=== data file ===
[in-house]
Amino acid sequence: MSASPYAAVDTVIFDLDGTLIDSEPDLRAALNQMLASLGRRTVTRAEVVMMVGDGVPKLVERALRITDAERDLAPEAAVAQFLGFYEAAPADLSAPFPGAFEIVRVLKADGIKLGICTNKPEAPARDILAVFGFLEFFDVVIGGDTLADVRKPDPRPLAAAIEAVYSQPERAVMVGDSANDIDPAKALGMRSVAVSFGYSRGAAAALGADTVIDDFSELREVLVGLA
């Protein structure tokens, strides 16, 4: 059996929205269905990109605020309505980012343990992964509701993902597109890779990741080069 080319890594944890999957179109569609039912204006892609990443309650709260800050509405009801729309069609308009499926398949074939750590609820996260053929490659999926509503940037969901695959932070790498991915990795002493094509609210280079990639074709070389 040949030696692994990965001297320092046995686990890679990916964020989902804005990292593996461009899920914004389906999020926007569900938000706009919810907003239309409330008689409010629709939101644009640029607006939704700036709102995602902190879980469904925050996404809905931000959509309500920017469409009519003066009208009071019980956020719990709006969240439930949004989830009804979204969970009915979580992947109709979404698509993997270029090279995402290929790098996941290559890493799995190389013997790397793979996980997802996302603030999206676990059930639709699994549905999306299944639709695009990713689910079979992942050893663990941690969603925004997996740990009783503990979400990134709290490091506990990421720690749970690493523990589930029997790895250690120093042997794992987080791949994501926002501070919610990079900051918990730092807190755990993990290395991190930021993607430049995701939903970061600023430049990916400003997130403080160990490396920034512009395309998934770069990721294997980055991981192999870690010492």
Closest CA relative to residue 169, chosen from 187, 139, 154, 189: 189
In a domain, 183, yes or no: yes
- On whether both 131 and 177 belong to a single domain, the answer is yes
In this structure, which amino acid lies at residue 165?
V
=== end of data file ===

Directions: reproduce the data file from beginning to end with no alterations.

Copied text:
[in-house]
Amino acid sequence: MSASPYAAVDTVIFDLDGTLIDSEPDLRAALNQMLASLGRRTVTRAEVVMMVGDGVPKLVERALRITDAERDLAPEAAVAQFLGFYEAAPADLSAPFPGAFEIVRVLKADGIKLGICTNKPEAPARDILAVFGFLEFFDVVIGGDTLADVRKPDPRPLAAAIEAVYSQPERAVMVGDSANDIDPAKALGMRSVAVSFGYSRGAAAALGADTVIDDFSELREVLVGLA
């Protein structure tokens, strides 16, 4: 059996929205269905990109605020309505980012343990992964509701993902597109890779990741080069 080319890594944890999957179109569609039912204006892609990443309650709260800050509405009801729309069609308009499926398949074939750590609820996260053929490659999926509503940037969901695959932070790498991915990795002493094509609210280079990639074709070389 040949030696692994990965001297320092046995686990890679990916964020989902804005990292593996461009899920914004389906999020926007569900938000706009919810907003239309409330008689409010629709939101644009640029607006939704700036709102995602902190879980469904925050996404809905931000959509309500920017469409009519003066009208009071019980956020719990709006969240439930949004989830009804979204969970009915979580992947109709979404698509993997270029090279995402290929790098996941290559890493799995190389013997790397793979996980997802996302603030999206676990059930639709699994549905999306299944639709695009990713689910079979992942050893663990941690969603925004997996740990009783503990979400990134709290490091506990990421720690749970690493523990589930029997790895250690120093042997794992987080791949994501926002501070919610990079900051918990730092807190755990993990290395991190930021993607430049995701939903970061600023430049990916400003997130403080160990490396920034512009395309998934770069990721294997980055991981192999870690010492």
Closest CA relative to residue 169, chosen from 187, 139, 154, 189: 189
In a domain, 183, yes or no: yes
- On whether both 131 and 177 belong to a single domain, the answer is yes
In this structure, which amino acid lies at residue 165?
V